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Can Diabetes Be Overtreated?

Can Diabetes Be Overtreated?
Author Information (click to view)

Kasia J. Lipska, MD, MHS

Assistant Professor, Section of Endocrinology
Department of Internal Medicine
Yale School of Medicine
Clinical Investigator, Center for Outcomes Research and Evaluation
Yale-New Haven Hospital

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Kasia J. Lipska, MD, MHS (click to view)

Kasia J. Lipska, MD, MHS

Assistant Professor, Section of Endocrinology
Department of Internal Medicine
Yale School of Medicine
Clinical Investigator, Center for Outcomes Research and Evaluation
Yale-New Haven Hospital

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Diabetes is highly prevalent among patients aged 65 and older. However, optimal glucose management in this population is not well defined. Most of the evidence used for deciding on how aggressively to treat patients with diabetes is based on large, randomized trials that involve younger patients. Although these trials showed that intensive glucose control provides long-term benefits, such as fewer microvascular complications, they also showed that intensive glucose control can cause harm, such as hypoglycemia.

“Although more recent trials have recruited some older patients and individuals with comorbidities, few have provided information on how to treat those with type 2 diabetes,” says Kasia J. Lipska, MD, MHS. “Because of this uncertainty, most clinical guidelines suggest providing individualized therapy. Most guidelines recommend that patients with limited life expectancy or complex comorbidities be treated to less aggressive glycemic control targets. Achieving intensive glycemic control in these patients may result in more harm than good.”

 

Assessing the Situation

For a study published in JAMA Internal Medicine, Dr. Lipska and colleagues tested the hypothesis that relatively healthier and younger patients with diabetes would be treated more aggressively than those with poor health or who were older, based on individualized treatment guidelines. Using a nationally representative dataset of non-institutionalized patients with diabetes who were 65 or older, the research team divided the study group into three categories:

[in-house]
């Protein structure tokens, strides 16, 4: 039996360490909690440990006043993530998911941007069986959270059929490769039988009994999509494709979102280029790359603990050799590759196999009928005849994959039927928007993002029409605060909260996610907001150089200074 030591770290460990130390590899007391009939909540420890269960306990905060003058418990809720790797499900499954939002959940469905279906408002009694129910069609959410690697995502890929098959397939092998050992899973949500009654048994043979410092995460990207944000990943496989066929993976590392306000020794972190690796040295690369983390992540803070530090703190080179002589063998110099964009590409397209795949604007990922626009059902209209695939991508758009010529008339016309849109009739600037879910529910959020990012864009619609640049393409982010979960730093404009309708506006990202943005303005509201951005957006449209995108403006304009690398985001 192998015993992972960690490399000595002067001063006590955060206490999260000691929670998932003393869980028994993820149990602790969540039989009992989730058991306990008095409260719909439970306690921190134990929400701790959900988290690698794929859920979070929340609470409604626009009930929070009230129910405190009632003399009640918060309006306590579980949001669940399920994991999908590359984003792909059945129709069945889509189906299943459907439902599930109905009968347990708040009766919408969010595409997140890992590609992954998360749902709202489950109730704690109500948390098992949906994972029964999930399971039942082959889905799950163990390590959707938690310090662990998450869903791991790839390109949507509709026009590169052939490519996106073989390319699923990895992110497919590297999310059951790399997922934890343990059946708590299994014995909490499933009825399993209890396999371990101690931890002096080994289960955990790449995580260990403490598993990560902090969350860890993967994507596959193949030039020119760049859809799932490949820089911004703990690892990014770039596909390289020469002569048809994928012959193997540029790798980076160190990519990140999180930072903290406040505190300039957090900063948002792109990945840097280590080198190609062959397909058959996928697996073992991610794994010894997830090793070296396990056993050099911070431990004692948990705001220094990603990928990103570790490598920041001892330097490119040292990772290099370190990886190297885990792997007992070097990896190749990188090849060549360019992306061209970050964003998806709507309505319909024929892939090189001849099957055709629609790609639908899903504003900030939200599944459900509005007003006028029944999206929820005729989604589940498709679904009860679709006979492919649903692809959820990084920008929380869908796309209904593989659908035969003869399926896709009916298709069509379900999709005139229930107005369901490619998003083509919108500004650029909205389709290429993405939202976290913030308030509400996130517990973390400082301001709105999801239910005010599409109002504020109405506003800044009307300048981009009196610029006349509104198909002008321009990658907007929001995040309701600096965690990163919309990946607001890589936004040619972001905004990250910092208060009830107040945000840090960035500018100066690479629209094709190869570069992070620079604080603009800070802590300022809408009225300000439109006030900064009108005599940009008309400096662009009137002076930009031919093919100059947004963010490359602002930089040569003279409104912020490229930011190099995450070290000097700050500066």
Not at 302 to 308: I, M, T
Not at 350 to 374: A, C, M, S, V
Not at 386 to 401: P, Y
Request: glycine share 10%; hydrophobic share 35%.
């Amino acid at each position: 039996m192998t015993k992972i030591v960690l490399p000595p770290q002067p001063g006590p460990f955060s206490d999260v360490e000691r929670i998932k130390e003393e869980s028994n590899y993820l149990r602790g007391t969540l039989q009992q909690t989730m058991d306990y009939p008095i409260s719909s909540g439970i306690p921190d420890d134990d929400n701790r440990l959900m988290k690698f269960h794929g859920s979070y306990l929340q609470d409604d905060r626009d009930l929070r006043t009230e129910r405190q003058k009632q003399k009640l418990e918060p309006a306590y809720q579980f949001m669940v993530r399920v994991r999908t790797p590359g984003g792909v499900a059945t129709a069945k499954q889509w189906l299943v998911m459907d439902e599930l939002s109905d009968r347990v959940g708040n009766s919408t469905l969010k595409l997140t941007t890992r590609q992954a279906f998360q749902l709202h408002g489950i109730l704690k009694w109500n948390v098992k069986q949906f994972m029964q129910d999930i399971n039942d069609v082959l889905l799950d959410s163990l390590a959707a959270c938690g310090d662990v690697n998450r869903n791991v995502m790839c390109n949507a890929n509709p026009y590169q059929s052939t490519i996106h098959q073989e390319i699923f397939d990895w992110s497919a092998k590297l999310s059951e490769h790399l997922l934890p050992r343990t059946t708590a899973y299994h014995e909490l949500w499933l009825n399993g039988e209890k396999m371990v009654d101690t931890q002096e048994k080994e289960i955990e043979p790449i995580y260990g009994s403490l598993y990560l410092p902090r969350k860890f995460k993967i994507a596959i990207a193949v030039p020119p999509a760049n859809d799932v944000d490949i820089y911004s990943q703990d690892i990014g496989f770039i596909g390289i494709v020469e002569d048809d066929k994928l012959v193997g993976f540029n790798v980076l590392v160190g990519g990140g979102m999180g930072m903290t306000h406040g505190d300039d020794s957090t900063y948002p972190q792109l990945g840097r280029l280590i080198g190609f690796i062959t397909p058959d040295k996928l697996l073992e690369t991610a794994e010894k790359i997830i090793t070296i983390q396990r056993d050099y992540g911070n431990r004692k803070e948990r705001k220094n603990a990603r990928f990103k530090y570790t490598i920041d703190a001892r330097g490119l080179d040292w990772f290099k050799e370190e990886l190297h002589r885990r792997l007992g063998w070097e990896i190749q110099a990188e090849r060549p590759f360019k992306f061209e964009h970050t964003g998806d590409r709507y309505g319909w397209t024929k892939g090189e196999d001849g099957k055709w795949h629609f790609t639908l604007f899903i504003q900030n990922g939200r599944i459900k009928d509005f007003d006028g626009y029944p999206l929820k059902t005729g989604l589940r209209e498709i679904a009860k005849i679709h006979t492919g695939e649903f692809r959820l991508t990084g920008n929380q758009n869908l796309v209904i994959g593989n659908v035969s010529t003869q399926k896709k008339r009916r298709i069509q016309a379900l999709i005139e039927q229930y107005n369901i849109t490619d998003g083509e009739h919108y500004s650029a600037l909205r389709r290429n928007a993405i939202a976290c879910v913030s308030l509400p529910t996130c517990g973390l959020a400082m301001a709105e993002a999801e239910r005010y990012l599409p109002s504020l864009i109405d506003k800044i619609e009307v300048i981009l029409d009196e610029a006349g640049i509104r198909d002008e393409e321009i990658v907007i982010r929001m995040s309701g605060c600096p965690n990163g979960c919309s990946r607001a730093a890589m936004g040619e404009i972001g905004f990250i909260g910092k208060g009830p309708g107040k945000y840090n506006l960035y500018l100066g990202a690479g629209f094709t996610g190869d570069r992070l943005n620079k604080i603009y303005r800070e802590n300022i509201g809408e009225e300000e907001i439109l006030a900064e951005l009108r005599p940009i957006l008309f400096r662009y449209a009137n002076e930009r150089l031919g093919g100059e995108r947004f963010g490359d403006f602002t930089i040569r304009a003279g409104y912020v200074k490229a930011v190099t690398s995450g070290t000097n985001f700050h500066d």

1. Very complex/poor: based on difficulty with two or more activities of daily living or dialysis dependence.
  2. Complex/intermediate: based on difficulty with two or more instrumental activities of daily living or the presence of three or more chronic conditions.
  3. Relatively healthy: if none of the above were present.

The study findings did not match the researchers’ hypothesis. “The majority of older patients were treated to an aggressive A1C target of less than 7%,” says Dr. Lipska. “We observed no differences in the proportion of people who reached that target according to the three health status categories.” Additionally, no differences were found in the use of insulin or sulfonylureas—agents that can cause hypoglycemia—according to health status in those who reached those aggressive targets.

“Importantly, we found little evidence to suggest that physicians were individualizing treatment for older patients,” Dr. Lipska explains. “That said, accruing evidence has shown that aggressive targets often do not result in net benefits for older patients with multiple comorbidities and limited life expectancy. They may actually cause harm, including severe hypoglycemia.”

Dr. Lipska emphasizes that insulin and sulfonylureas have a place in the treatment regimen of older patients with diabetes. However, the aggressive targets these medicines are used to reach in this population should be relaxed.

 

No Shortcuts

“Although achieving a single glycemic target for all patients with diabetes is an attractive paradigm, there are no shortcuts when it comes to diabetes management,” says Dr. Lipska. “Each patient, regardless of age or comorbidities, needs to be treated on an individual basis. To do so requires time because clinicians need to develop collaborative relationships with patients. They also need to have extensive discussions about what makes sense for each patient’s unique situation.”

Dr. Lipska adds that patients should be heavily engaged in these discussions. Many decisions rely on patient preferences and experiences with their burden of treatment, she says. “These factors must be incorporated into decisions on how aggressively to pursue glycemic control.”

Readings & Resources (click to view)

Lipska K, Ross J, Miao Y, et al. Potential overtreatment of diabetes mellitus in older adults with tight glycemic control. JAMA Intern Med. 2015;175:356-362. Available at http://archinte.jamanetwork.com/article.aspx?articleid=2089233.

Selvin E, Coresh J, Brancati F. The burden and treatment of diabetes in elderly individuals in the U.S. Diabetes Care. 2006;29:2415-2419.

Greenfield S, Billimek J, Pellegrini F, et al. Comorbidity affects the relationship between glycemic control and cardiovascular outcomes in diabetes: a cohort study. Ann Intern Med. 2009;151:854-860.

Geller A, Shehab N, Lovegrove M, et al. National estimates of insulin-related hypoglycemia and errors leading to emergency department visits and hospitalizations. JAMA Intern Med. 2014;174:678-686.

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